RENTON Sheldon Richardson spent much of his Seahawks debut dominating. Exactly as he expected.
Twice in two drives last weekend the former New York Jets Pro Bowl defensive tackle blew through Green Bay’s offensive line. That resulted in two holding penalties on the Packers. The first ruined Green Bay’s first drive after halftime--and Richardson still hit quarterback Aaron Rodgers while getting held.
On another Packers pass play Richardson spun back to chase down Rodgers from behind. He had both arms around the two-time NFL MVP’s legs, and was on his way to a sack until Rodgers chucked the ball away just before his legs touched the turf.
Did his Seahawks debut go the way he expected?
“No,” he said flatly. “We didn’t win.”
In two weeks with Seattle since his trade from New York, he’s already been all the Seahawks hoped, and more--even if you haven’t completely noticed.
“Yeah, he’s a difference maker,” Seahawks defensive coordinator Kris Richard said this week. “Very disruptive at the line of scrimmage...
“It’s a different presence that we haven’t had here in the middle, and it’s absolutely going to pay dividends for us. I’m very happy that he’s here.”
Richardson’s proving to be more than just a dynamic defensive tackle filling the void left when top rookie draft choice Malik McDowell was severely injured in a summer ATV accident.
Richardson’s already a locker-room leader and joker, too, as he was with the Jets.
Friday, he was howling with his new teammates following practice, joking to one across the locker room to “come here and get your problem solved, then!”
"Still trying to figure him out," fellow defensive lineman Cliff Avril said, chuckling.
"But no, he is a heck of a ball player. He is super, super athletic. I didn’t realize, I mean you kind of have an idea of how athletic he might be, but to see it in person…I mean, this guy is 300 pounds (and) he played outside linebacker. He can play 3-tech. He can play defensive end, you know. I think he was a running back at one point in time or something like that (in his native Missouri).
"So he is extremely athletic."
Avril, 31, also appreciates the 26-year-old Richardson’s football IQ.
“He knows football, which is pretty cool,” Avril said. “Sometimes younger players, you still try and give them little keys and whatnot. And he is already kind of on top of it, so that is pretty cool to see."
So is this, for Avril: He and fellow Pro Bowl defensive end Michael Bennett stand to benefit most by Richardson’s arrival two weeks ago from the Jets in exchange for a second-round pick and former Lakes High School star wide receiver Jermaine Kearse. The more Richardson returns to his 13-sack form he had in 2014 and ’15 with New York, the less Seattle’s opponents can afford their usual blocking attention and double-teams on Avril and Bennett this season.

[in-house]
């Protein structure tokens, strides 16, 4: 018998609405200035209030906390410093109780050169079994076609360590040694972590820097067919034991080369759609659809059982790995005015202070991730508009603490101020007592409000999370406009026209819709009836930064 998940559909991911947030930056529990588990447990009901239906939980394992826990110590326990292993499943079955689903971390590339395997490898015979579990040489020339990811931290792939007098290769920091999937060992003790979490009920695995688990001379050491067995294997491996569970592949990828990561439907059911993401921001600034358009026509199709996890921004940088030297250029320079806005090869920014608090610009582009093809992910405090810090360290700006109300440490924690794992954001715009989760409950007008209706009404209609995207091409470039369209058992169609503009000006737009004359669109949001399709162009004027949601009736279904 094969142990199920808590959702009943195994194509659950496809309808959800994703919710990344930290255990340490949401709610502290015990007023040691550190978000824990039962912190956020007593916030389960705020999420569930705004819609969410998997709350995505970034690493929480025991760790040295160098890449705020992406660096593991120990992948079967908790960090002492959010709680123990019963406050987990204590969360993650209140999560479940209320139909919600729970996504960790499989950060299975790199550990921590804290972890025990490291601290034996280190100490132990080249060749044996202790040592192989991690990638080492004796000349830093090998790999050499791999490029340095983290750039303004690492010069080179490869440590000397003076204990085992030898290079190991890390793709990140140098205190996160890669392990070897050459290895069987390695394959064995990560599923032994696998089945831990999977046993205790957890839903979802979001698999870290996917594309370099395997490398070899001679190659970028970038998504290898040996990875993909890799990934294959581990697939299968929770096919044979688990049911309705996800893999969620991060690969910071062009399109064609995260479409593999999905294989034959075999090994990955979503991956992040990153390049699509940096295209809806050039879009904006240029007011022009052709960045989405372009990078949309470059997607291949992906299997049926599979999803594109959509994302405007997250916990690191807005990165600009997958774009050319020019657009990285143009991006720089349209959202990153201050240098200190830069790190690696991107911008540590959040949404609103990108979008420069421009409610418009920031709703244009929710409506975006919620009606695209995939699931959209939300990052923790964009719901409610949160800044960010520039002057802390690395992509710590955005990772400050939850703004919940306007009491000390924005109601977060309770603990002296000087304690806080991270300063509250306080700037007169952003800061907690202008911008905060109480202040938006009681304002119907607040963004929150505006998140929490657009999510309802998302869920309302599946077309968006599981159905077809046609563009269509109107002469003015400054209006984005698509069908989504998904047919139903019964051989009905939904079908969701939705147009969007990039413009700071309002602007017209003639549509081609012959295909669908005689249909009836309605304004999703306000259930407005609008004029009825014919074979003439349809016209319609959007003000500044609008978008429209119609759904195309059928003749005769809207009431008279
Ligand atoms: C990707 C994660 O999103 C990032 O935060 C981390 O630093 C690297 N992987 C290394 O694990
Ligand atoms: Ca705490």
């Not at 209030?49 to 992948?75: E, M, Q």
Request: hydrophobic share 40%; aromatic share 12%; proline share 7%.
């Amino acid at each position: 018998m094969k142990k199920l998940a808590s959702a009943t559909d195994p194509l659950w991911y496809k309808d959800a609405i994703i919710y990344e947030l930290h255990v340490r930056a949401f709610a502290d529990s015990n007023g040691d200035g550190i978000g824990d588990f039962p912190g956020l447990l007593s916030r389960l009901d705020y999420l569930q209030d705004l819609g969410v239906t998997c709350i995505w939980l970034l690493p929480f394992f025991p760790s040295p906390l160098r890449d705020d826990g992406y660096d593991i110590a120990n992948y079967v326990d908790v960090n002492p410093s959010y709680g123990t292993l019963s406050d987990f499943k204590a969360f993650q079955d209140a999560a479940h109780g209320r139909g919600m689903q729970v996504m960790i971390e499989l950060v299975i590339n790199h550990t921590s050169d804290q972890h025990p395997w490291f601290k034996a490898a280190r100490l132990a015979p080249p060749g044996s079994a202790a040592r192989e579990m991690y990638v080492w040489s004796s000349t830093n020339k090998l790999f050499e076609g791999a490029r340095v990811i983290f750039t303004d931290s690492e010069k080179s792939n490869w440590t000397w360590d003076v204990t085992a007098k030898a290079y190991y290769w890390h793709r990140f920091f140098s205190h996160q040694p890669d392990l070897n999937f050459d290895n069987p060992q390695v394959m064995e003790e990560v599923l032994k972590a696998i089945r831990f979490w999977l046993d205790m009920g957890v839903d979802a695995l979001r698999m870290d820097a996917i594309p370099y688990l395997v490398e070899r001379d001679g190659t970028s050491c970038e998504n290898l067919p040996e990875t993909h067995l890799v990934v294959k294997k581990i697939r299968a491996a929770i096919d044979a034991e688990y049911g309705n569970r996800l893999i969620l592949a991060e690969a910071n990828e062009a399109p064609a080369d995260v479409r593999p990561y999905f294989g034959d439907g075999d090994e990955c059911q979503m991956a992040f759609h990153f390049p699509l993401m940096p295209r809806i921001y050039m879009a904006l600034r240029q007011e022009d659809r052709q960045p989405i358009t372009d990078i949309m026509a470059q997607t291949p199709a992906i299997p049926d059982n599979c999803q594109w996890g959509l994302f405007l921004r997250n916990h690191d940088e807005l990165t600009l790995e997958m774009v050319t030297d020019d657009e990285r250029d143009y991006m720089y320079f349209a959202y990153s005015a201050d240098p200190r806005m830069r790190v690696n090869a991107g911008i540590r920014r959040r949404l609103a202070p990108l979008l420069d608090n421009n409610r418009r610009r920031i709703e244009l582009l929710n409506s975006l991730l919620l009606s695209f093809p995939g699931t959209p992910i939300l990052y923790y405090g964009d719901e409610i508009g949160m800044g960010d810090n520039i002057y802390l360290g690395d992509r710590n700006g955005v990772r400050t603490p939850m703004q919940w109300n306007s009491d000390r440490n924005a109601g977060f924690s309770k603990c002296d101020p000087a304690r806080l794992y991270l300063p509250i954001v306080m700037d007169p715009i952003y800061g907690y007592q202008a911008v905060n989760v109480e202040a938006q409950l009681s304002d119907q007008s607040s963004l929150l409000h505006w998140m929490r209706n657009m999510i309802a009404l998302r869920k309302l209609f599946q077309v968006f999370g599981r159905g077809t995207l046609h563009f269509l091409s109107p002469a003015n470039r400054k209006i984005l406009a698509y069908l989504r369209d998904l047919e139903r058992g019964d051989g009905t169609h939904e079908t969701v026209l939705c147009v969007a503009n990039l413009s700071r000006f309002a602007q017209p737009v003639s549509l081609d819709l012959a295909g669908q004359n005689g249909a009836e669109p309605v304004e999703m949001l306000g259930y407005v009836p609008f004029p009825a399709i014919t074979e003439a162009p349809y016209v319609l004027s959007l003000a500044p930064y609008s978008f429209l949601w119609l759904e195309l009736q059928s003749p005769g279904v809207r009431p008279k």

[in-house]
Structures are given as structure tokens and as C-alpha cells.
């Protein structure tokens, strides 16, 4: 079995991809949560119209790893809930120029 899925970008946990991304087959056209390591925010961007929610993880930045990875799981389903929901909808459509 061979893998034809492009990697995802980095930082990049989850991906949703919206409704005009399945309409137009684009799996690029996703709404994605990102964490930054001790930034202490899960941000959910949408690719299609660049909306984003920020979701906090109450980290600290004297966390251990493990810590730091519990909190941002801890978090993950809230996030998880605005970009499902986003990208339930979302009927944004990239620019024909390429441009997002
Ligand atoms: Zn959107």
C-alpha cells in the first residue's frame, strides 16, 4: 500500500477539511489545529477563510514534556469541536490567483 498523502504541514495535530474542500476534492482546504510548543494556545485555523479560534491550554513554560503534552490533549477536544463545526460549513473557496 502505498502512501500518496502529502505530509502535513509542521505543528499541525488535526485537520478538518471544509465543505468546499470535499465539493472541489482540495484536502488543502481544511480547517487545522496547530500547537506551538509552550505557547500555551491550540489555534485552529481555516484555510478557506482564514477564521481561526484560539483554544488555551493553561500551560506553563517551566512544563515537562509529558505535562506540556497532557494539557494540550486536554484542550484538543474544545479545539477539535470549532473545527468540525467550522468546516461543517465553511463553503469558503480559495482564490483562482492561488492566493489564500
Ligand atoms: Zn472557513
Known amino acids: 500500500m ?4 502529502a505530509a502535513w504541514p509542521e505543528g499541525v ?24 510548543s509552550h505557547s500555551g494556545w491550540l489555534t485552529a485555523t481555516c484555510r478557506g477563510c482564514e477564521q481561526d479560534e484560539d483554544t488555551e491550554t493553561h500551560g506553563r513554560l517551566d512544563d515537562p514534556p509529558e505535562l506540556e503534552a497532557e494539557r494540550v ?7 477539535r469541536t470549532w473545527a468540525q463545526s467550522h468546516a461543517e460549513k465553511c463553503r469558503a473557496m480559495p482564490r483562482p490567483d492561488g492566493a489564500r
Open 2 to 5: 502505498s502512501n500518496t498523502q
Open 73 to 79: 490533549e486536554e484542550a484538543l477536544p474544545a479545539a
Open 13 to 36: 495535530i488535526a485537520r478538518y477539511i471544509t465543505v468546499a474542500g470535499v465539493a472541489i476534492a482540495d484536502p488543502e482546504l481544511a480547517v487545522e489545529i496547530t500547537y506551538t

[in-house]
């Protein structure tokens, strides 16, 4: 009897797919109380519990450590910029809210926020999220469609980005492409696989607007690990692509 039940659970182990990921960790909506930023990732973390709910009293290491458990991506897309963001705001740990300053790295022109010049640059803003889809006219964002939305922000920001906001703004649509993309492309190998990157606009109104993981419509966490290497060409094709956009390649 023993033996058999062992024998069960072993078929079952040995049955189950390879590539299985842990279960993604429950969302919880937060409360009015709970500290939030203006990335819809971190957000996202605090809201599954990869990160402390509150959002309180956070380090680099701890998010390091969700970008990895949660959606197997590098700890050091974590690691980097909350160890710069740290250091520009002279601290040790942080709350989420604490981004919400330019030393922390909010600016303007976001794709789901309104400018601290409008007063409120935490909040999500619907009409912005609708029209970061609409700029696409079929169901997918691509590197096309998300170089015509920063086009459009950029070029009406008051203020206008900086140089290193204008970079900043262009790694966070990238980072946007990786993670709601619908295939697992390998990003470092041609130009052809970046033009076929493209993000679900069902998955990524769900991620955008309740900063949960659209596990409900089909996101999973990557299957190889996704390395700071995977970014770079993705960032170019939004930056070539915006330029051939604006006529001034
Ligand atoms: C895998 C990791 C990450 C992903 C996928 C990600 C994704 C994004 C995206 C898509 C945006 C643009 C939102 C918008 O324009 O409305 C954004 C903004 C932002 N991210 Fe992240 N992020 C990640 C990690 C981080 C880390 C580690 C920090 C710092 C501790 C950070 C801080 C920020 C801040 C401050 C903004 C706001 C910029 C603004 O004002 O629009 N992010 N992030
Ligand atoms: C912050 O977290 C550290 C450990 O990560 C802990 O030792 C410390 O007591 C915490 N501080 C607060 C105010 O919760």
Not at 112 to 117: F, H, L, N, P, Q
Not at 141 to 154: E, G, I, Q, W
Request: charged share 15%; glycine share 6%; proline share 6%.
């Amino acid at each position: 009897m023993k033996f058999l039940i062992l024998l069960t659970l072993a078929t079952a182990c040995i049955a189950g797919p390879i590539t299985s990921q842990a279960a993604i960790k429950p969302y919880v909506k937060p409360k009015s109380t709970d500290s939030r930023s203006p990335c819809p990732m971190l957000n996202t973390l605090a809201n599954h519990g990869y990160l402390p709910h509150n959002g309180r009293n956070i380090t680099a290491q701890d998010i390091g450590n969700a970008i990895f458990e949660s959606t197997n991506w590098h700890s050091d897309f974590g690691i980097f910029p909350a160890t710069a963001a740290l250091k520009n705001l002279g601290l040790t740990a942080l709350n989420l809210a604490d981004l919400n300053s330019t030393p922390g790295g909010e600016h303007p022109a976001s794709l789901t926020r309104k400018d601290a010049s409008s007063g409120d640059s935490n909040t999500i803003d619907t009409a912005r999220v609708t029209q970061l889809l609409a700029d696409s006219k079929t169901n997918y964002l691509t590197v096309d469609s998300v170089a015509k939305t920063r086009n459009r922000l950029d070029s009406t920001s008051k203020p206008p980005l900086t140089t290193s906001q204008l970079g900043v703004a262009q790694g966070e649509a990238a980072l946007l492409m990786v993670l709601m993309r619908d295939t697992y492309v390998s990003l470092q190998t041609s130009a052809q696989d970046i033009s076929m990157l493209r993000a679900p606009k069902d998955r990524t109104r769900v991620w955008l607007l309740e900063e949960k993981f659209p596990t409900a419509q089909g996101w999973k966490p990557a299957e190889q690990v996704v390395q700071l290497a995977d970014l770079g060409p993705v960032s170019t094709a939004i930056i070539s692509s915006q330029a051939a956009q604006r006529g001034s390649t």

When I asked Richardson in the Seahawks’ locker room Friday, the final day of full practice before Sunday’s home opener against San Francisco, about his debut, he shrugged.
He wanted to know what all the fuss and excitement was about.
"I was more stout against the run (for New York). I want to be more stout against the run here,” Richardson said.
“Other than that, my rushes are a lot better. From my standpoint, the inside pressure I create, it should be like that all the time, honestly.
"I’ve got 10-year vets like Cliff Avril, Mike B. It’s kind of hard not to be productive."
The Seahawks are excited all the disruption they got in Green Bay from Richardson came after he had practiced just four times with his new team. They are imagining all the varied places they can employ him to wreck offenses, from nose tackle to outside at end to perhaps even, as Avril noted Richardson did for the Jets, as a stand-up linebacker rushing off the edge.
For now, the Seahawks are keeping Richardson as a three-technique defensive tackle, with the task to control the gap between the offense’s guard and tackle. Sunday, his job is to hold that gap on the front side of stretch plays by 49ers lead back Carlos Hyde in coach Kyle Shanahan’s outside zone-read offense.
"We want to make sure that we keep him locked in," Richard said. "He is a cerebral player. He can do a lot. But he’s new here, so why would we put that on him? He is capable.
“It’s not his first rodeo. He is a true professional. He does understand many of the schemes and concepts. But we’ve just got to make sure that we keep him locked in a certain spot, so he can learn to dominate there first--and then we can see about moving him around."
Coach Pete Carroll mentioned Friday Richardson is still learning exactly where to be on certain calls.
“I think there was a little bit of making sure, looking around to see if he was in the right spots and stuff like that.” Carroll said of Richardson in Green Bay last weekend. “I think he will be more freed up this time around (against San Francisco on Sunday), just naturally.
“I am anxious to see in different kinds of situations, once we get more information on him. But we are really expecting him to be a big factor.”
Richardson didn’t exactly agree with his new coach that he’s still figuring out where to go.
"It was never like that when I got here,” he said. “I know football, so I wasn’t really lost as far as the playbook. I just needed to know the calls that was there at the time.”
He said the toughest task so far has been trying to read what the unpredictable Bennett is going to do on any place. Bennett often freelances up and down the line, loops inside and out from play to play, to maximize his speed and mismatches against opposing linemen.
“Sometimes he’ll tell me,” Richardson said. “Sometimes he doesn’t.”
Other than that, he says his job here in Seattle is not all that difficult to grasp: Beat blockers, find ball, sack quarterbacks.
The 49ers’ Brian Hoyer is up next, on Sunday.